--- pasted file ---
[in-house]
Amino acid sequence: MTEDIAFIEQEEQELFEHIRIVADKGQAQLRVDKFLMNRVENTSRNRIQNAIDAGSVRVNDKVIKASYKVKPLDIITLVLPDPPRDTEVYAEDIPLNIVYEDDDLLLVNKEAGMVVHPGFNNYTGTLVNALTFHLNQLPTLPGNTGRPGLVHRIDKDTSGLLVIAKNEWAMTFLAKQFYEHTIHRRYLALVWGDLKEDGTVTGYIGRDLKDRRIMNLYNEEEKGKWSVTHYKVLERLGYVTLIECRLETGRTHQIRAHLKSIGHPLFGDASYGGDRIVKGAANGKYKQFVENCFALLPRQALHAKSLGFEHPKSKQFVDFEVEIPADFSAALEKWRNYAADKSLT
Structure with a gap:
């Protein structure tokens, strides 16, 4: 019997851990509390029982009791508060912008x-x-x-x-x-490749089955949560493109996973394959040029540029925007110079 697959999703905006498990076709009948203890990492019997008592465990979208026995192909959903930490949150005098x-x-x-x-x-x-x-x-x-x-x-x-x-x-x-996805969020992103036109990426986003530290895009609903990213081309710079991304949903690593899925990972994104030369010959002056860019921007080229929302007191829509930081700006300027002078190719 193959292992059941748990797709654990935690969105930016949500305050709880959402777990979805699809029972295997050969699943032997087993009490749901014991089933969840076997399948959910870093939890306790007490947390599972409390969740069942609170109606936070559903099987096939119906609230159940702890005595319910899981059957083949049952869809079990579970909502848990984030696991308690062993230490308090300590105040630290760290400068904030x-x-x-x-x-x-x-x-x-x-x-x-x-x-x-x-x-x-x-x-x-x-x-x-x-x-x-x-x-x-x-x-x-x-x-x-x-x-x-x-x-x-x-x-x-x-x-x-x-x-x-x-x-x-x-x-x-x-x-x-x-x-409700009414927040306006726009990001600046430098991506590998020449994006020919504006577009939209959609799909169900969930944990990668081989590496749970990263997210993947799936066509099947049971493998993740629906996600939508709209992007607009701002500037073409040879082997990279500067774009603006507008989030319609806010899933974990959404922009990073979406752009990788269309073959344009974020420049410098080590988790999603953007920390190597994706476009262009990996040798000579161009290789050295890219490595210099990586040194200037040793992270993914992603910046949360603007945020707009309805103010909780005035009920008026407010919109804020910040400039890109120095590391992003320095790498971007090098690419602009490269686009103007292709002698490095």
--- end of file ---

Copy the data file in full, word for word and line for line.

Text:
[in-house]
Amino acid sequence: MTEDIAFIEQEEQELFEHIRIVADKGQAQLRVDKFLMNRVENTSRNRIQNAIDAGSVRVNDKVIKASYKVKPLDIITLVLPDPPRDTEVYAEDIPLNIVYEDDDLLLVNKEAGMVVHPGFNNYTGTLVNALTFHLNQLPTLPGNTGRPGLVHRIDKDTSGLLVIAKNEWAMTFLAKQFYEHTIHRRYLALVWGDLKEDGTVTGYIGRDLKDRRIMNLYNEEEKGKWSVTHYKVLERLGYVTLIECRLETGRTHQIRAHLKSIGHPLFGDASYGGDRIVKGAANGKYKQFVENCFALLPRQALHAKSLGFEHPKSKQFVDFEVEIPADFSAALEKWRNYAADKSLT
Structure with a gap:
């Protein structure tokens, strides 16, 4: 019997851990509390029982009791508060912008x-x-x-x-x-490749089955949560493109996973394959040029540029925007110079 697959999703905006498990076709009948203890990492019997008592465990979208026995192909959903930490949150005098x-x-x-x-x-x-x-x-x-x-x-x-x-x-x-996805969020992103036109990426986003530290895009609903990213081309710079991304949903690593899925990972994104030369010959002056860019921007080229929302007191829509930081700006300027002078190719 193959292992059941748990797709654990935690969105930016949500305050709880959402777990979805699809029972295997050969699943032997087993009490749901014991089933969840076997399948959910870093939890306790007490947390599972409390969740069942609170109606936070559903099987096939119906609230159940702890005595319910899981059957083949049952869809079990579970909502848990984030696991308690062993230490308090300590105040630290760290400068904030x-x-x-x-x-x-x-x-x-x-x-x-x-x-x-x-x-x-x-x-x-x-x-x-x-x-x-x-x-x-x-x-x-x-x-x-x-x-x-x-x-x-x-x-x-x-x-x-x-x-x-x-x-x-x-x-x-x-x-x-x-x-409700009414927040306006726009990001600046430098991506590998020449994006020919504006577009939209959609799909169900969930944990990668081989590496749970990263997210993947799936066509099947049971493998993740629906996600939508709209992007607009701002500037073409040879082997990279500067774009603006507008989030319609806010899933974990959404922009990073979406752009990788269309073959344009974020420049410098080590988790999603953007920390190597994706476009262009990996040798000579161009290789050295890219490595210099990586040194200037040793992270993914992603910046949360603007945020707009309805103010909780005035009920008026407010919109804020910040400039890109120095590391992003320095790498971007090098690419602009490269686009103007292709002698490095």